After hearing the news about Ms. Shen’s retirement from BSGE, Chinese students felt sadness but quickly wondered about who their new Chinese teacher would be. The answer they received was as unexpected as it was absurd to them. BSGE is planning to end its Chinese program and instead of continuing Chinese with another teacher, all of the students will be transferred to taking Language B French.
Currently there students in grades 7, 9, and 10 taking Chinese. For 7th graders, who have only taken Chinese for a year, the transition to taking French class will be easier and they have a lot more time to learn a new language. However, for the high school students, especially the sophomores, the transition is expected to make a huge impact. “The fact that I’ve taken four years of a language and am now being told I have to start all over again is absolutely absurd,” said Danielle Bahnasy ‘17.
An email by Ms. Johnson was sent out to BSGE parents regarding the school’s new decision to move away Language B Chinese. “This decision is geared toward strengthening our IB Diploma Program and the future goal of students learning two languages,” Ms. Johnson said in her email. 9th and 10th grade students are scheduled to take French ab initio for the rest of their time in BSGE. “French ab initio is a two year introductory IB Diploma course designed for students who need to switch languages in high school. The achievement of students on the French IB Diploma assessments supports this decision. This course will still permit these students to be eligible for the IB Diploma.”
Many Chinese students were strongly against this idea. “A year and a half worth of French is not enough to pursue the language,” said Elizabeth Levkovich, ‘17, “we’re kind of risking the exams we have to take senior year and all the perspective we had of taking Chinese is being completely changed and transformed.” When several of the 10th graders went to Ms. Johnson to complain about the issue, they were told by her that the school has already been looking for a new Chinese teacher 3 to 4 times, but failed to find one successfully. Instead, the school will be looking for a new French teacher to replace Ms. Shen. “I think it’s really unfair and kind of pointless because we took 4 years of Chinese, so we didn’t master Chinese. But now, we’re going to take French and we’re never going to master French in 2 years. We’re basically stuck between two languages that we’re never going to be able to use in our life if we don’t master it,” said Aardarsh Devkota ‘17. It turned out that instead of intending to hire a full-time Chinese teacher to continue Chinese class at BSGE, the school tried to look for a teacher who is willing to work part-time at the school to teach Chinese for only 2 years—until the current 10th graders finish taking the Chinese IB Exam in their senior year. In other words, it was already decided that Language B Chinese would eventually be eliminated regardless of whether there was a Chinese teacher.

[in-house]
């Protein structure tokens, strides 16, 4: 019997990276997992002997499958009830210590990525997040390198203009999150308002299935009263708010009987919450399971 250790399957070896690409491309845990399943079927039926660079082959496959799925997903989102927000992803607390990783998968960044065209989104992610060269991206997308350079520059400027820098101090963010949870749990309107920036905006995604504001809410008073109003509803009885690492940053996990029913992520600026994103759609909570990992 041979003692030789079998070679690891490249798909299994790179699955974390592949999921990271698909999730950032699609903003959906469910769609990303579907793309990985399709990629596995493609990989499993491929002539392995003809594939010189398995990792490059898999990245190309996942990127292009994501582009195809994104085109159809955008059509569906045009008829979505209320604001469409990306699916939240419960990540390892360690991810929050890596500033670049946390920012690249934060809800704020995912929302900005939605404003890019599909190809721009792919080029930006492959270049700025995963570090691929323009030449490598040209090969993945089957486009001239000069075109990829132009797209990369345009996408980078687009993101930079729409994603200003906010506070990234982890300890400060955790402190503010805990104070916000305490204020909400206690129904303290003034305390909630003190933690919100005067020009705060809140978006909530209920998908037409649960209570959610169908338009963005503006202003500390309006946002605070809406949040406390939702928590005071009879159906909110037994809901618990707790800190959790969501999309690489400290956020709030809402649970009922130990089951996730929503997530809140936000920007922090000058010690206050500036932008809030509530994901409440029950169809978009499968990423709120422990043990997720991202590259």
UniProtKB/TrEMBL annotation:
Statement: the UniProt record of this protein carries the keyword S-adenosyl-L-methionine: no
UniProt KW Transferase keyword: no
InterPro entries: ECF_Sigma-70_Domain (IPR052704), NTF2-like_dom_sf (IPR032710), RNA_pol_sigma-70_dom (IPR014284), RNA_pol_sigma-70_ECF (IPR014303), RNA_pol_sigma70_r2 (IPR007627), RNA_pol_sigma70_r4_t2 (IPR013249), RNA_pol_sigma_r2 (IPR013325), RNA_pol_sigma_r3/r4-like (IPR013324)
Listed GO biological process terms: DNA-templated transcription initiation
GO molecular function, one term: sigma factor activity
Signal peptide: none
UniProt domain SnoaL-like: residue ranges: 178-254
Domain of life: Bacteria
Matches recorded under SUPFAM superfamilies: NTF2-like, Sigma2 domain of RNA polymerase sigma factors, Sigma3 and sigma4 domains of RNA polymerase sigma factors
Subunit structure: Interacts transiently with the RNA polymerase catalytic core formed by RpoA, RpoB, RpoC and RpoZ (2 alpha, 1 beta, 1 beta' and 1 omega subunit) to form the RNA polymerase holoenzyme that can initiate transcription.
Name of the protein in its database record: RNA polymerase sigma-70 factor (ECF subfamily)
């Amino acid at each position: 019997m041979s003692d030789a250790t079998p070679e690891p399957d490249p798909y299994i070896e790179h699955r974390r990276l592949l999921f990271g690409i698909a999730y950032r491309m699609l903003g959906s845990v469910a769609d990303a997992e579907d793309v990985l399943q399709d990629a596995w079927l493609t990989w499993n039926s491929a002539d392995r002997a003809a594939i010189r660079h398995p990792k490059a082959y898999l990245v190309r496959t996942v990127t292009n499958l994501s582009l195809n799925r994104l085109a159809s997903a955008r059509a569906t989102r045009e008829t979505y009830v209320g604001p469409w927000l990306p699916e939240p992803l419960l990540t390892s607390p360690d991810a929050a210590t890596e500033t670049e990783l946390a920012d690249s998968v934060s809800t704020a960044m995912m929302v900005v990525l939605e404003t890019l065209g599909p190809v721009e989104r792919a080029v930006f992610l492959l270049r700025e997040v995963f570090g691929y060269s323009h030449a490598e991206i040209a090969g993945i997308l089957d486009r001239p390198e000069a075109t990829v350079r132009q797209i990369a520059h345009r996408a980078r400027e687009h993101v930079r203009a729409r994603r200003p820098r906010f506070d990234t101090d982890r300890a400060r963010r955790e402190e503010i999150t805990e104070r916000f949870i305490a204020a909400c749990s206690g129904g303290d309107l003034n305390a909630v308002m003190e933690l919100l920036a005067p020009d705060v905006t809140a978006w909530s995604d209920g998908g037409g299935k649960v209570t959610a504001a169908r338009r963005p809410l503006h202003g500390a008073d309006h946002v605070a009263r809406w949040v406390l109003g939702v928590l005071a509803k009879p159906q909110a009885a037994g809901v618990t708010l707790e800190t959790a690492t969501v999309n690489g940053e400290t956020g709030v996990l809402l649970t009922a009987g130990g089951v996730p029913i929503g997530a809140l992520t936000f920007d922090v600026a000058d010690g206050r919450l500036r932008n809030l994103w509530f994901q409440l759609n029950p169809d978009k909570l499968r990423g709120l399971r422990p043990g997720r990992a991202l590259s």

Many students wanted to make their voices clear about getting a new Chinese teacher and keeping Chinese class in BSGE. Some even took it to another level by creating a petition on Change.org. So far, more than 200 people signed the petition online. “I am signing this because it is completely necessary. The idea that the kids who have been taking Chinese for a series of 4 years now have to change a language is beyond ridiculous. The effort that we put to learn the language will be put to waste due to the fact that the announcement was made so abruptly. Ms. Shen has been able to provide us with a proper foundation and it is beyond me that there has been no effort made to even try to think of an alternative in getting a new teacher,” said Stella Pandis, ‘17, “we Chinese speaking students should get the opportunity to finish our academic career in BSGE by fully learning the language. It goes against all values of BSGE to drop a subject we have studied in depth in only because we did not try hard enough.”
On June 9, during the PTA meeting, a group of angry parents complained about the situation. “My son is a student at BSGE who has been taking Chinese and he deserves to be able to continue his studies for the next 3 years,” said one BSGE Parent. Besides complaining to the school, several students and parents also went about contacting people in the Department of Education outside of the building such as Juan Mendez, the Superintendent of BSGE’s school district.
Elizabeth Levkovich also said, “We were told that no one is actually actively looking for a Chinese teacher. We’re kind of waiting for someone to reach out for us, and I don’t personally think that we, as students, should have the responsibility or feel like we have the obligation to look for a Chinese teacher. I think that it’s the school’s responsibility to go out and find a teacher.” For the sake of “strengthening our IB Diploma Program,” the school is losing its initial goal of preparing the students for lifelong learning. Instead of trying to provide students with a full 6-year language class that will enable them to be able to communicate with more people in the future, it seems that the sole purpose of introducing a new French teacher is to get the students to complete an IB Exam.